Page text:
Bespoke systems keep it all quiet on the Polar front

Image courtesy of Rolls-Royce Image courtesy of Rolls-Royce.

Seawork exhibitor MIT has successfully delivered a bespoke exhaust suspension system to Cammell-Laird Shipbuilders in Liverpool which has the official contract to build the 128m, 5,000t Sir David Attenborough world-class polar research vessel.

Designed by Rolls-Royce, the vessel has the ability to carry a scientific cargo of approximately 900 cu meters and will have an icebreaking capability of up to 1m thick at 3 knots, she will be able to withstand up to 60 days at sea within the Polar Regions. Travelling up to 19,000nm at 13 knots of transit the vessel will house up to 29 crew and officers and up to 60 scientific and support staff, along with boasting a heli-deck and hangar, a science hangar, a moon pool and on-board submersible which will be deployed for underwater research.

Due to the nature of the Sir David Attenborough’s work in natural environments, the critical challenge with her diesel engine exhaust system is the ability to run at full power while emitting the least noise and vibration possible. Limiting the levels of noise and vibration pollution, both within the vessel and to the exterior marine environment, provides minimal disruption to marine life and to the scientific measuring equipment on board; imperative for the operations that will be carried out during her deployment.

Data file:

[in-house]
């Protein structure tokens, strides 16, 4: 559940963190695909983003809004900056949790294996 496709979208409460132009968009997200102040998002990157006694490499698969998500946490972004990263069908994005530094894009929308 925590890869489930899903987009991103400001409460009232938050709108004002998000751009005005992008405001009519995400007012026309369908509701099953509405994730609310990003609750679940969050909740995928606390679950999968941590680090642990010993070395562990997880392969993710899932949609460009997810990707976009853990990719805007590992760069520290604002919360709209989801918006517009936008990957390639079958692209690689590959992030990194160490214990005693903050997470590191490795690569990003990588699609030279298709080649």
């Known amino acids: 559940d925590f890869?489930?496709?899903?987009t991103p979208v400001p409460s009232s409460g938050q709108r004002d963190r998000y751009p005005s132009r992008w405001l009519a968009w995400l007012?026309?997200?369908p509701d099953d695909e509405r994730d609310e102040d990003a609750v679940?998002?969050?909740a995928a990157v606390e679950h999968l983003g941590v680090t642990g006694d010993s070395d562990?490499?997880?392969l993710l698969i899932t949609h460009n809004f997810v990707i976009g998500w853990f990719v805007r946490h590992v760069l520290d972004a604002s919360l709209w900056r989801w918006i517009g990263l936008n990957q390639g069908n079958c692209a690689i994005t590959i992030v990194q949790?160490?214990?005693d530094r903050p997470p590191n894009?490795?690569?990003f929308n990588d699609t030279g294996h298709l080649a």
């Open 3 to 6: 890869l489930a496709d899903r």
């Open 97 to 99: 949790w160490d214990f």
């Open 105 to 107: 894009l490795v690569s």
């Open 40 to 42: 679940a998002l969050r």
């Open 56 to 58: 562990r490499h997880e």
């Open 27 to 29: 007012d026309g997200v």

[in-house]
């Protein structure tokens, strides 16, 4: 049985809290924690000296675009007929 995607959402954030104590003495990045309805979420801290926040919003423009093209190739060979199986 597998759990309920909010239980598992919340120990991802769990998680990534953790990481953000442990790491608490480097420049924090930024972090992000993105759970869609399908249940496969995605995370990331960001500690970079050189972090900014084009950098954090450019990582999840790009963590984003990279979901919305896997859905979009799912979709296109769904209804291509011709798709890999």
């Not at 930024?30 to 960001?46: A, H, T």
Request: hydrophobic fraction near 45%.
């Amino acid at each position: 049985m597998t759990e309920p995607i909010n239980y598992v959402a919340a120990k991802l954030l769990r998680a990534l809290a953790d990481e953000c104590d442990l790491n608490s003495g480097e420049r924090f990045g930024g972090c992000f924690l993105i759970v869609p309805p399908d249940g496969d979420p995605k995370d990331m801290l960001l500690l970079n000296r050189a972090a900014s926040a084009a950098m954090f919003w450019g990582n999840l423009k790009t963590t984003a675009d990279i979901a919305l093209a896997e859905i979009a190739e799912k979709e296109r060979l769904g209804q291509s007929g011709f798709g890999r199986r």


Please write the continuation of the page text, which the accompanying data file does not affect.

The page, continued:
MIT worked with Rubber Design, a leading international specialist in solutions for noise, vibration, and shock related problems. Working from plans supplied by Rolls-Royce, Rubber Design’s expertise meant it was able to provide a bespoke system built precisely to design specifications. The suspension system will comprise 148 fixed-point mounts, 142 stabilisers, and 30 stainless steel bellows, forming the complete section that will hold in place the chosen exhaust system. The vessel is fitted with 2 × Bergen B33:45L6A (2 × 3,600 kW) and 2 × Bergen B33:45L9A (2 × 5,400 kW) diesel/electric engines to improve fuel consumption and reduce environmental impact.

MIT provided local technical and logistics support while also ensuring that each of the 320 individual components was delivered on time to each exact job location, ensuring that the build plans were on schedule.

Both MIT and Rubber Design stated their pride in being involved with both the delivery of the project and the opportunity to play a part in the increased UK scientific presence within the Polar Region.

The Sir David Attenborough research vessel will be operated by the British Antarctic Survey and is due to enter service in 2019.

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